As noted by John, total charge-offs were $22.4 million while our provision for loan loss was

$58.4 million. Consumer net charge-offs, which include residential mortgage, home equity, direct consumer and indirect consumer loans continued to show consistency in the range of $7 to $8 million per quarter, not including the credit write down in the second quarter.

CNI net charge-offs also continued to show consistency of less than $1 million per quarter. Commercial real estate charge-offs is where we see the majority and volatility of our credit issues, ranging from $10 to $40 million per quarter.

Provision for loan loss at $58.4 million was $36 million more than net charge-offs. The key drivers for the additional provision included $16 million in separate reserves related to two CRE loans, $11 million in specific reserves as a result of the $107 million in downgrades from the commercial real estate portfolio management team, approximately $4 million from historical loss migration models and increases in the qualitative portion of our loan loss reserve.

As we noted in our earnings release, it has become very difficult to give a narrow range of qualitative guidance for net charge-offs and resulting provision expense due to the uncertainties in the Midwest economy, continued downturn in real estate markets and the volatility we now see in borrower capacities. For the fourth quarter we anticipate the net charge-offs provision for loan losses will be equal to or higher than the third quarter. All this of course depends on the level of migration to non-performing status of our loan portfolio and the continued challenges from the economic trends of our markets.

Net interest income for the quarter was $28 million, an increase of $0.09 million or 3.5% from the second quarter. Service charges, trust fees, and mortgage fees remained relatively consistent to the second quarter while brokerage was down due to lower demand. All other fees remained relatively consistent with the previous quarters.

For the fourth quarter we anticipate total amount interest income will be lower than the third quarter of 2008 due to lower trust and brokerage fees as a result of the volatile investment market conditions and lower origination fees for mortgage. Non-interest expense for the quarter was

$74.3 million or $3.8 million less than the second quarter, a total of $261 million adjusted for two items taken in the second quarter, $178 million good will impairment charge and the

$5 million net loss taken as part of the credit write-down on REO properties.

Salaries and employee benefits included $2 million in severance costs which were related to the initiatives to drive an additional $15 million in savings announced last quarter. We do not expect to have as high a severance amount in the fourth quarter.

Professional fees were down $1.3 million. Other expenses were down $1.8 and other loan expenses were down $1.7. All other expenses remained relatively flat as compared to previous quarters.

For the fourth quarter we anticipate that our NIE will be consistent with the third quarter as increases in FDIC premiums are expected to offset current cost savings initiatives. Back to you Bill.

William R. Hartman

Thanks Charlie for a thorough report. One of the challenges that we’re facing in the current economic climate is the uncertainty around the length and depth of the recession we’re in. Uncertainty calls for a stronger capital position which we are fortunate and pleased to have. We’re also pleased with the strong steps that our government is taking by implementing programs to stabilize the economy, improve liquidity, and provide relief to the financial services industry. We’re evaluating those programs closely and we’ll determine if it is beneficial to our shareholders to participate in them.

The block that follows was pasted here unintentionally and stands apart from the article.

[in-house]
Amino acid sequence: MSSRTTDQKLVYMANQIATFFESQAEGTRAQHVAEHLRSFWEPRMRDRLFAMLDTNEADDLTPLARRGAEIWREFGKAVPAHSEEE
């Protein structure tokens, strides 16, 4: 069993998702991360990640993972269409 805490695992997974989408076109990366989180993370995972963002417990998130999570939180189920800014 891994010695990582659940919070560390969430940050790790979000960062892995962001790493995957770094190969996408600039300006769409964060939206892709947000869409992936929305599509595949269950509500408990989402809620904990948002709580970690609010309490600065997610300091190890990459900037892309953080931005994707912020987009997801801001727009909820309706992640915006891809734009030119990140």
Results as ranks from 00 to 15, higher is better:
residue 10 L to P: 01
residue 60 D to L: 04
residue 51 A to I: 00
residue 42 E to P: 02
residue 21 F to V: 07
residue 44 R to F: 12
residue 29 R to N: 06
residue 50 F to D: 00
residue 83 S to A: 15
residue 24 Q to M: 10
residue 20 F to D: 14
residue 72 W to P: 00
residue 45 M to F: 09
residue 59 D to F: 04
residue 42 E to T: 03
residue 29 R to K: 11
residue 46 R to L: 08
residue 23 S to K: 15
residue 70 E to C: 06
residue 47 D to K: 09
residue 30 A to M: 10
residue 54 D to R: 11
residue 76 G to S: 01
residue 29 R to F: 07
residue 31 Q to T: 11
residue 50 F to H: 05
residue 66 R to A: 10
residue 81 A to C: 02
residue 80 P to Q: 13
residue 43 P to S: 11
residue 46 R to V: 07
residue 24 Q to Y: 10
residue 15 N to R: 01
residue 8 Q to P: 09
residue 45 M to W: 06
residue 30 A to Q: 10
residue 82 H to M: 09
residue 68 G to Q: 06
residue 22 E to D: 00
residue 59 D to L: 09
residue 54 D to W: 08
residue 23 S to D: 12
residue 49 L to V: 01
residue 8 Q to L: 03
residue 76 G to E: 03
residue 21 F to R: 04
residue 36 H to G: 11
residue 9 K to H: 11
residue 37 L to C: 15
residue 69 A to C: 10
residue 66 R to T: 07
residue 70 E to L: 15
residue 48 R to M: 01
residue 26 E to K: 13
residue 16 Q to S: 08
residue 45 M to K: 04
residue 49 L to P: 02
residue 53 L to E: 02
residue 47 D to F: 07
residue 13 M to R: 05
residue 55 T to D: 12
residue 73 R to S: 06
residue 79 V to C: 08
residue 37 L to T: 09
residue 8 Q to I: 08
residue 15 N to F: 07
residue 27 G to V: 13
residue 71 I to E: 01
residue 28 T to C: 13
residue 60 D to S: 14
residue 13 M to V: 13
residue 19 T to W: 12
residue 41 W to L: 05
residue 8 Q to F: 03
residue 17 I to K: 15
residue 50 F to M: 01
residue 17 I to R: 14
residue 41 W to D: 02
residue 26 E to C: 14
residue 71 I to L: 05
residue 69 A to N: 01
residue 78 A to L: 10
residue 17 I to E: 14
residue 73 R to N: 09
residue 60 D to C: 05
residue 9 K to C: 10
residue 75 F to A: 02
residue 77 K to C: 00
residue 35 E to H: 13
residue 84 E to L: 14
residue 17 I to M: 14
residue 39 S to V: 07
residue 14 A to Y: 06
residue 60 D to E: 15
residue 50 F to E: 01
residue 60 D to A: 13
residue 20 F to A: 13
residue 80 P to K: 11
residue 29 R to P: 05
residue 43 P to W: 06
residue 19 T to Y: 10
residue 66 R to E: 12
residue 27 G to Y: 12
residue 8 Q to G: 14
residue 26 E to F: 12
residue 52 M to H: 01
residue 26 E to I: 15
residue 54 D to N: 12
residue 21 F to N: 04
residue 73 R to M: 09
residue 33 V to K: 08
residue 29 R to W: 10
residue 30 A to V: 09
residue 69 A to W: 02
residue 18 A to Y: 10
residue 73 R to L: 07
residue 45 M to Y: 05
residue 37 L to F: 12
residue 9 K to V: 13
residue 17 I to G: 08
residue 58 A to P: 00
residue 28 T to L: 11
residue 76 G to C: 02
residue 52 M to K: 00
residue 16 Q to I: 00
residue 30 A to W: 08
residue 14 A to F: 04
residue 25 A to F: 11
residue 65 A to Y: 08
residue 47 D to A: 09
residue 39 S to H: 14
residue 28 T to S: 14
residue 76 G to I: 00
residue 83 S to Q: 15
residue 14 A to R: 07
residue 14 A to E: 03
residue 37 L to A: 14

At this juncture the criteria and procedures to participate in these programs have not yet been defined by the governing agencies. So we’re unable to speculate on what our participation might be or what the impact our participation might have would be.

Regardless of whether or how we may participate, based on our strong capital position, our strong reserves, our strong liquidity and pre-tax, pre-provision earnings in addition to the effective implementation of the four primary strategies I commented on, we believe that we will successfully emerge from the downturn position to ultimately grow profitably and to increase shareholder value. We believe we’ve got a very good understanding of our challenges. We’ve been addressing them aggressively and we’re fully prepared to take whatever further actions are necessary.

Those are our comments that we have today. At this point we would like to open it up to the analysts for questions.

Question-and-Answer Session


(Operator Instructions) Your first question comes from John Pancari – J.P. Morgan.

John Pancari – J.P. Morgan

Just one question on your funding. I know you indicated you took some out of liquidity steps in efforts to shore up funding and also you will probably need to participate in the non-interest bearing, you know the list of limitations on insurance for non-interest bearing deposits but can you talk about any movement you’ve seen in your CD’s or your public funds and what type of efforts you’re doing around that side of the deposit base?

Martin E. Grunst

I think we talked about some of the marketing programs that we’ve had going for quite a while. We’re consistently in the paper with CD specials that are right in line with the rest of the market and if you look at each of the consumer business and public funds arenas, we’ve been pretty consistent in all of those areas over the last several months that it’s been interesting to monitor.

John Pancari – J.P. Morgan

So you haven’t seen much movement in terms of your public funds deposits?